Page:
Wednesday, March 18, 2009

Sheet Apple Pie With Crumb Topping

This is what I call Pan Apple Pie - pie pastry rolled out onto a rectangular pan, sliced apples and a crumb topping - apple crisp set into pastry, really. It came about when I found myself on occasion with a bowlful of odd varieties and beat-up apples. They had become soft. They had traveled to work and back a few times. On occasion my tote gets dumped out et voila - a beater apple (better than a beater banana.) I also had been experimenting with Fruit Platz, a frugal way to make a small amount of a variety of fruits stretch and reasoned the same thing could be done with my pie pastry and oats for a topping (since I'm more Scot than German.)

I use pie pastry enough for one, double crusted 9-inch pie, rolled out to cover an 11 3/4 x 17 3/4 pan. If you don't have that exact pan size it doesn't matter. The crust will just be a little thicker. Originally, I used a little smaller, disposable aluminum pan, easily found in grocery stores. Over time I found tin pans through my thrift store travels and use one of those now, just because they support themselves beneath the weight of any food.

With the flexible aluminum pans, I placed the pastry onto the pan, slid the pan, into a milk bag which our 4 liters of milk are packaged into, here in Canada and then rolled out the pastry directly onto the pan. Pan - Pastry - Plastic - Roll. Now my pans are a tad bigger, so I slit the plastic bag open to make a nice sturdy sheet of plastic, lay the pastry down the center of the pan, cover with the plastic sheet and roll. I didn't take pictures of all that, but you can go to my pastry making post to see how to make pastry and how I roll out pie pastry for a round pie.
These apples have seen better days. Some are a little wrinkly and soft, dinged up with bad spots. There happen to be about three different varieties here; Golden Delicious, Red Delicious, Fuji. There might be a Gala in there too. Some apples cook down to mush and don't do well in pies. Others hold their shape well. I've found when doing them like this - it doesn't matter.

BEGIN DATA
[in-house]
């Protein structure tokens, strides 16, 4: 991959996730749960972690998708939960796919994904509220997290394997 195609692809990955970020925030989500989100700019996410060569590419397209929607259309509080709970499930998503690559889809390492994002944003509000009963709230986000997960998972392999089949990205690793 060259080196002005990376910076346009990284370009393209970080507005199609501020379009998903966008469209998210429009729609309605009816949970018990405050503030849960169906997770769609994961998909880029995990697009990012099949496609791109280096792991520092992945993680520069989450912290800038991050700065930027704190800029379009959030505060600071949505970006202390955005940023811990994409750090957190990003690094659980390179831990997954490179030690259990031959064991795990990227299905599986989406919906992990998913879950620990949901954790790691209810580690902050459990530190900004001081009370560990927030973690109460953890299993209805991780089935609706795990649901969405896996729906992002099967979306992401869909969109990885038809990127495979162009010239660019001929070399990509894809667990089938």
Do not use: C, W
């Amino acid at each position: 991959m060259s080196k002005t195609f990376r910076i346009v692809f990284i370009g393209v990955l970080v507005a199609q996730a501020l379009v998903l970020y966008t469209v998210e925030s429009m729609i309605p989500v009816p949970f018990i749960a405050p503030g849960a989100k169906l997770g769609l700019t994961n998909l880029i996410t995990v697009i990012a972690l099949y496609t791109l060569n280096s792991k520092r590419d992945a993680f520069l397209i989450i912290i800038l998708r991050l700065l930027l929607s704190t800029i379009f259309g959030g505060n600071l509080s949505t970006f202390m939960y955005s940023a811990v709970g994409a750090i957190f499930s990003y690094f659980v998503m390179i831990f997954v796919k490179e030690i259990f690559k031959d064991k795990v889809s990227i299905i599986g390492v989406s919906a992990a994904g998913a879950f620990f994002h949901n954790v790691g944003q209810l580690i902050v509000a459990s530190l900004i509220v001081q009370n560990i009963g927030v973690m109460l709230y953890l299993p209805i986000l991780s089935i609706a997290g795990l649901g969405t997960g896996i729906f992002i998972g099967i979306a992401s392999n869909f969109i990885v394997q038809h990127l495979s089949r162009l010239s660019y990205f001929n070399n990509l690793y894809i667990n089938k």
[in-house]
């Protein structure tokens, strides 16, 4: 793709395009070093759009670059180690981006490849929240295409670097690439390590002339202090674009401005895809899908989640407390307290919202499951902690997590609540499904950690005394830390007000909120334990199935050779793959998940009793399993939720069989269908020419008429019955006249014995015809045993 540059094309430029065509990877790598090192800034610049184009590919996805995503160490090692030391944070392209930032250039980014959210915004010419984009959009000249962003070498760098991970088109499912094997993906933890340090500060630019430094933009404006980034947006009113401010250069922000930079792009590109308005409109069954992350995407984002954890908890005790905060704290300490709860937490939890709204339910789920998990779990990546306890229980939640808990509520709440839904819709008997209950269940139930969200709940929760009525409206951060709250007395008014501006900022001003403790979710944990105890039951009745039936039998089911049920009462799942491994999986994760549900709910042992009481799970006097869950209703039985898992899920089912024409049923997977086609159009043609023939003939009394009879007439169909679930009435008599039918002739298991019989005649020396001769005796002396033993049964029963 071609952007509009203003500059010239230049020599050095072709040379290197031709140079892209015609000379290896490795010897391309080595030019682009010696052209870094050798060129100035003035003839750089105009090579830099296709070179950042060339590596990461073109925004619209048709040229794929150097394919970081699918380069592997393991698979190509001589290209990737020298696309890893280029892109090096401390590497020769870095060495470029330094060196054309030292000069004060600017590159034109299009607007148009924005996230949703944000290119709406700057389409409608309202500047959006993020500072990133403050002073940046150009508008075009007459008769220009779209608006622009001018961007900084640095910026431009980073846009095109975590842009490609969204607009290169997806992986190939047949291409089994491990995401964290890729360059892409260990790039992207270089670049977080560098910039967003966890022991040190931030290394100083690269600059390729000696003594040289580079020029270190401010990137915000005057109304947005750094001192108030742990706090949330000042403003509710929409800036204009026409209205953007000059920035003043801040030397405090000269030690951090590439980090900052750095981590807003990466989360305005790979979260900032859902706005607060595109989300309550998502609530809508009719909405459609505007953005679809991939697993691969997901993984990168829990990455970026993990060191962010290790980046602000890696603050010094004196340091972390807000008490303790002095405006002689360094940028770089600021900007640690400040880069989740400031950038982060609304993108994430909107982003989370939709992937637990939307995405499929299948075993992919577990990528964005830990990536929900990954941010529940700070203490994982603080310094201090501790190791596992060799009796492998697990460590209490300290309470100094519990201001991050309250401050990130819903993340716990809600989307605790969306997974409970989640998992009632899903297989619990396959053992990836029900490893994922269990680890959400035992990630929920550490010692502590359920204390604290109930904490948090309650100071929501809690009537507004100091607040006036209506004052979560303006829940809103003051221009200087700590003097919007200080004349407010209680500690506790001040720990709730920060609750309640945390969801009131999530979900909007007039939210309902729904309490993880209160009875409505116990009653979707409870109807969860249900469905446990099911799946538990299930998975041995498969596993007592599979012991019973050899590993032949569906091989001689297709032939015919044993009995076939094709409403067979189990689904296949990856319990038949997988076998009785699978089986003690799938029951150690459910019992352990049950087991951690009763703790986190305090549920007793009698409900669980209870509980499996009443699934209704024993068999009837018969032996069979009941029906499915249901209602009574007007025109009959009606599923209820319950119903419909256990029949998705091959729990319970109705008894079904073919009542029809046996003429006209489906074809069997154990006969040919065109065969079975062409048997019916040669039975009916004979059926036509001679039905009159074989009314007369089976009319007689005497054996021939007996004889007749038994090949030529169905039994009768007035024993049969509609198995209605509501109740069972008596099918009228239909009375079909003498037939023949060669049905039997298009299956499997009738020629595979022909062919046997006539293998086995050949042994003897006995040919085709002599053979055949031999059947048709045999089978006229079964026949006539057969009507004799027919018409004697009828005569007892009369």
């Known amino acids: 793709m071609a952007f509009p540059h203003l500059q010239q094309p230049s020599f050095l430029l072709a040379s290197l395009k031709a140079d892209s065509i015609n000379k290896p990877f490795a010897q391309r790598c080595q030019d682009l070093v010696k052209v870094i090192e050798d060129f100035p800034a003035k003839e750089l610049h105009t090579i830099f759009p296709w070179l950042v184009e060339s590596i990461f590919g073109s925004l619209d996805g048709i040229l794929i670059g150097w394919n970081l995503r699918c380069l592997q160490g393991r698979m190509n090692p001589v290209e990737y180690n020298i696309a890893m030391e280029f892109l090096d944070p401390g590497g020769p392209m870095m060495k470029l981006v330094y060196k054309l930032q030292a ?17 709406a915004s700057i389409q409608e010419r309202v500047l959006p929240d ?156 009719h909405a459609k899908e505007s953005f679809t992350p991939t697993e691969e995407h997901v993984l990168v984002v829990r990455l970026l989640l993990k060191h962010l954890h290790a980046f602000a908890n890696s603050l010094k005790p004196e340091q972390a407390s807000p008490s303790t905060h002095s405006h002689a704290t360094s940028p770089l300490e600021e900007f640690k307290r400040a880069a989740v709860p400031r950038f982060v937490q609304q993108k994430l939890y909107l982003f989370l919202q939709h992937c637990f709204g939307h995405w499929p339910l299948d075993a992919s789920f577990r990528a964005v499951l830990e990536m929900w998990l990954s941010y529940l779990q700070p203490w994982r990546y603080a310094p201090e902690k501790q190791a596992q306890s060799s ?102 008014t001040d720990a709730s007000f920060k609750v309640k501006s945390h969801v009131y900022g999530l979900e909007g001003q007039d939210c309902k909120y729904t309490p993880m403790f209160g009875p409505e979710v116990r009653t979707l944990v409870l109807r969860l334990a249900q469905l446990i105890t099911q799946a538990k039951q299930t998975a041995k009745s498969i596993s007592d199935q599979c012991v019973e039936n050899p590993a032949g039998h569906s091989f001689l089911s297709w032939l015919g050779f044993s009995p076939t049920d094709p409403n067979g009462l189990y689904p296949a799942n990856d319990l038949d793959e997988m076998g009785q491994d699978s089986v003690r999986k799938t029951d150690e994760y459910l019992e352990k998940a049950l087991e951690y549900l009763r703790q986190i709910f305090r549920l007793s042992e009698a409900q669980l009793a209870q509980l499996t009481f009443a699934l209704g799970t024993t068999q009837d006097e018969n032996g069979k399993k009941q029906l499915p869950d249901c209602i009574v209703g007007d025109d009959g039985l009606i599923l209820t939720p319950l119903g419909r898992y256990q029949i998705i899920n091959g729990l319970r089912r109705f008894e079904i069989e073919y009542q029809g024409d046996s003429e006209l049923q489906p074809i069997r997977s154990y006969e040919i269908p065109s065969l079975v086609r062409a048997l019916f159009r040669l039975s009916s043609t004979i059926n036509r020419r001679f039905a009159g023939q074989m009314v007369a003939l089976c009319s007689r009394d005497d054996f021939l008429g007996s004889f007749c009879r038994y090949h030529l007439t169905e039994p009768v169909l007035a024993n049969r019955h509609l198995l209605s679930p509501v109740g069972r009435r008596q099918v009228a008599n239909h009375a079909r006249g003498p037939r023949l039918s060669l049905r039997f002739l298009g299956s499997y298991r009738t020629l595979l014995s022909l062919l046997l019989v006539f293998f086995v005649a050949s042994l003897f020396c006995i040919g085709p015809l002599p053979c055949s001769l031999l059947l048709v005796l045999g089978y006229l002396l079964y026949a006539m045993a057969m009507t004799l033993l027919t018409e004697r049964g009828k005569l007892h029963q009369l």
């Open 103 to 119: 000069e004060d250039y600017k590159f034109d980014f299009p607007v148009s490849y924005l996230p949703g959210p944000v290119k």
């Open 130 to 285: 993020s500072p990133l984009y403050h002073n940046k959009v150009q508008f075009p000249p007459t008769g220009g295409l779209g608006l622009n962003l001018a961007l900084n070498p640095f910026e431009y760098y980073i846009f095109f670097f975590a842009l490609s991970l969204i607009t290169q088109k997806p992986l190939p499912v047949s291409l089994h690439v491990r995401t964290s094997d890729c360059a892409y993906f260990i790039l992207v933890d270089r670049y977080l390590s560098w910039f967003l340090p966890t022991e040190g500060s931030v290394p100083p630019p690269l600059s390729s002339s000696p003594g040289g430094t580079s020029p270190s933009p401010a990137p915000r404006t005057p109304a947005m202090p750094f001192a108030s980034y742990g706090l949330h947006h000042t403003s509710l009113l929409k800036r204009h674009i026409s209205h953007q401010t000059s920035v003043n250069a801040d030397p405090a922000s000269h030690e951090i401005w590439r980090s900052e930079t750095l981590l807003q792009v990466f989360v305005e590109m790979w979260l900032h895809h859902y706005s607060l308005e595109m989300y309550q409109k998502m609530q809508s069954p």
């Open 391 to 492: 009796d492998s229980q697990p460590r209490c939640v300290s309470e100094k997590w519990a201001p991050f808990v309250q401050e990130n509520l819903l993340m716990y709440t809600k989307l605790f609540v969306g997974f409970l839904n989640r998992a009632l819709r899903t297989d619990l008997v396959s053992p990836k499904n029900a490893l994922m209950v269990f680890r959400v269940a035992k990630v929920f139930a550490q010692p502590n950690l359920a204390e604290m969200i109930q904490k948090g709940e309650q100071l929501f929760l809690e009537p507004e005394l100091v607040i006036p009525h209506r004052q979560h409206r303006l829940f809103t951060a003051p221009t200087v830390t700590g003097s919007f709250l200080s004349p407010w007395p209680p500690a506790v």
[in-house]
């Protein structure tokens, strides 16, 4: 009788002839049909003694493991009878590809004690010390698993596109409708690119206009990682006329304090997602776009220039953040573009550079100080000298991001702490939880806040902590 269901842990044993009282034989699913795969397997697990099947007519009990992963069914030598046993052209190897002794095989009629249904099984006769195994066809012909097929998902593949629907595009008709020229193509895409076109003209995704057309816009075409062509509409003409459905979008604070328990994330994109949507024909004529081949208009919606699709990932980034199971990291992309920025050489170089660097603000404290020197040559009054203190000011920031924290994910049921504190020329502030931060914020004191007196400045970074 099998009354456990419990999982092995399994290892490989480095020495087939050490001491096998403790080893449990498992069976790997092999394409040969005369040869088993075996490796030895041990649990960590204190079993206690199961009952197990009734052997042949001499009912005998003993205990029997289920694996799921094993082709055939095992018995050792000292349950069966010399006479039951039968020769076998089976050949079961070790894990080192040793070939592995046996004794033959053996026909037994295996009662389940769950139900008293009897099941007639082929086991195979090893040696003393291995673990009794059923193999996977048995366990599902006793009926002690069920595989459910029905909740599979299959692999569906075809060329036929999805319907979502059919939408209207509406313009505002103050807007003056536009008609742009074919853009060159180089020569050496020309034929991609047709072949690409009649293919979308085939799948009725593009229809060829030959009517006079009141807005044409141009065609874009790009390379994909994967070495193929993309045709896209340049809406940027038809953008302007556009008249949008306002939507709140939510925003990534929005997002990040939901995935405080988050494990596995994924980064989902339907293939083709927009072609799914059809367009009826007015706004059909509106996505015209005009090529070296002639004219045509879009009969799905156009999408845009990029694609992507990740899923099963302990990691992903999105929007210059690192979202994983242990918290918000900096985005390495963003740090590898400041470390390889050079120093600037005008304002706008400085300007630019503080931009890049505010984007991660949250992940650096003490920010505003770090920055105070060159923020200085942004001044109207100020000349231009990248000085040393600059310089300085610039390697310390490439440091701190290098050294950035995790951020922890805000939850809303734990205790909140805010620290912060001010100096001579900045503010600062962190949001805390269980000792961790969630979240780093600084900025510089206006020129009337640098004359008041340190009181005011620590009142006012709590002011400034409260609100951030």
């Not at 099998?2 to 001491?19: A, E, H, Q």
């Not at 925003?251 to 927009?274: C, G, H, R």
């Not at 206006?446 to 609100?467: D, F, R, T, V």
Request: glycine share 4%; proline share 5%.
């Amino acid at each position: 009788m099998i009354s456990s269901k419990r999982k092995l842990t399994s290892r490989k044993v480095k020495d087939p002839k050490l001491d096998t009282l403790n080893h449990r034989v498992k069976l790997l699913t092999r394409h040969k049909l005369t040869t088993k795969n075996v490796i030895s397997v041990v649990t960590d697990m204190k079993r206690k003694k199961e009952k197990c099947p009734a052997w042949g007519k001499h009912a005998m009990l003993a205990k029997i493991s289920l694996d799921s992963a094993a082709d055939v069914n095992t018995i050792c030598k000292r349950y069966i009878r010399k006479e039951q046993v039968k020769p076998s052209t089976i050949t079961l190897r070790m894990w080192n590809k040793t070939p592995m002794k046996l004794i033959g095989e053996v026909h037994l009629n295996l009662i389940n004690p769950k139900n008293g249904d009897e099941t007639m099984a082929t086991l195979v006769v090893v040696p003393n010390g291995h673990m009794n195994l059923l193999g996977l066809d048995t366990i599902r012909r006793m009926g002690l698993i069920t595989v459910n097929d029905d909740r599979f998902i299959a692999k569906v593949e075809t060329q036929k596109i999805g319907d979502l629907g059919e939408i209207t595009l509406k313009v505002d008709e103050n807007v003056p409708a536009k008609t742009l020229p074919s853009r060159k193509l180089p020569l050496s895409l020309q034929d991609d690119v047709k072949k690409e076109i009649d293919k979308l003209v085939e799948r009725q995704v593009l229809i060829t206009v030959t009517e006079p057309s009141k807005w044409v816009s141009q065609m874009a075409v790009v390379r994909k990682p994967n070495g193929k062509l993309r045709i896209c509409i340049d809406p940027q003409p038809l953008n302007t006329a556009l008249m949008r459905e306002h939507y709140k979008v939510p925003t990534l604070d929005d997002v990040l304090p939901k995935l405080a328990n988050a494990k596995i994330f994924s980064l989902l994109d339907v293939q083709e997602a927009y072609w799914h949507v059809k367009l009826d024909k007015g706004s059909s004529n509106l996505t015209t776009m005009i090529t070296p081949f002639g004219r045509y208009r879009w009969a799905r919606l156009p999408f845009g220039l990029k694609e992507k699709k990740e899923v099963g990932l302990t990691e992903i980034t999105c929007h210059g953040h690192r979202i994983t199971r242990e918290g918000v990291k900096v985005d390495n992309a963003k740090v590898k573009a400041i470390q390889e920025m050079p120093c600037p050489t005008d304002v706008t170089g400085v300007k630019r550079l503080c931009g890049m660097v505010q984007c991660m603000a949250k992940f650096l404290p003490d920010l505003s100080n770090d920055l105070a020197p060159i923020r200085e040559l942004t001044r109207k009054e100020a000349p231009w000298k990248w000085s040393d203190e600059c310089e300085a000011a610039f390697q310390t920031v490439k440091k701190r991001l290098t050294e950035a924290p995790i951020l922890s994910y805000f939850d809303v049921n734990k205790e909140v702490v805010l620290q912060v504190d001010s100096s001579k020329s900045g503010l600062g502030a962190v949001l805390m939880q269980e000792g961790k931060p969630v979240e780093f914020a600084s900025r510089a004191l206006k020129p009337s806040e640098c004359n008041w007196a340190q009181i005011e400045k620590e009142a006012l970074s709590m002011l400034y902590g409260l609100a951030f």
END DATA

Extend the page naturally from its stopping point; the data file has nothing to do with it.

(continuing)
It may seem that there is a lot of fruit here for the pan, but some of the varieties will cook down, filling in around the spaces of others which hold their shape a bit better. I've made this recipe with as little as four cups of fruit, which is generally the amount needed to fill one 9-inch round pie. This time I had between 6 and 8 cups of sliced apples. I piled it on and it worked.

Apple Filling

  • 8 - 10 apples, any variety, peeled, cored and sliced
  • 3 Tbsp. flour
  • 1 tsp. cinnamon or 1/2 tsp. cinnamon and 1/2 nutmeg
  • 1/3 cup white sugar
  • lemon juice (optional)
Crumb Topping
  • 1 cup all-purpose flour
  • 1 cup quick-cook oatmeal
  • 2/3 cup butter
  • 1 1/2 cup brown sugar
Double Crust Pie Crust
  • 2 1/4 cups all-purpose flour
  • 2/3 cup vegetable shortening, rounded
  • 1 tsp. salt
  • 7 Tbsps. cold water
Make the pastry. (Not shown in this post.) Cut shortening into the flour and salt. Mix in the water using a fork. Don't overwork it or you'll have a hard and tough pastry. Form a long log and roll it out directly onto the pan. Use a sheet of waxed paper or plastic to help with the rolling. Press the pastry out and up the pan edge. Flute the perimeter.

Make the crumb topping. Measure out and mix flour, oats, brown sugar and butter.Cut the butter in until it is a small crumb and set aside.
Prepare the apples last. Peel, core and slice up the apples. Work fast to keep the apples from browning or drizzle with a bit of lemon juice to keep this from happening. It also adds a nice flavour.
Mix the white sugar, flour and spices together with the apples.Dump the apple mix out onto the prepared pastry.
Cover the entire surface. I use my hands.
Cover completely with the crumb topping.
Bake in a preheated 375 F oven x 40 minutes or until the pastry begins to colour up a golden brown and pull away a bit from the pan edge.
Often I'll make this for company with kids, as I've noticed that children are more inclined to finish it all, unlike a wedge of "real" pie. But if they don't finish it all, they have wasted less. This takes less fruit, less time to prepare, feeds more people, is easier to cut and serve than a regular round pie and can be eaten out of hand like a brownie, which is something teens seem to do.

2 comments:

Leila said...

Oh...can...I...take...a...BITE...of...that!?!

Adeena said...

Mmmm... well.. that looks yummy!! :)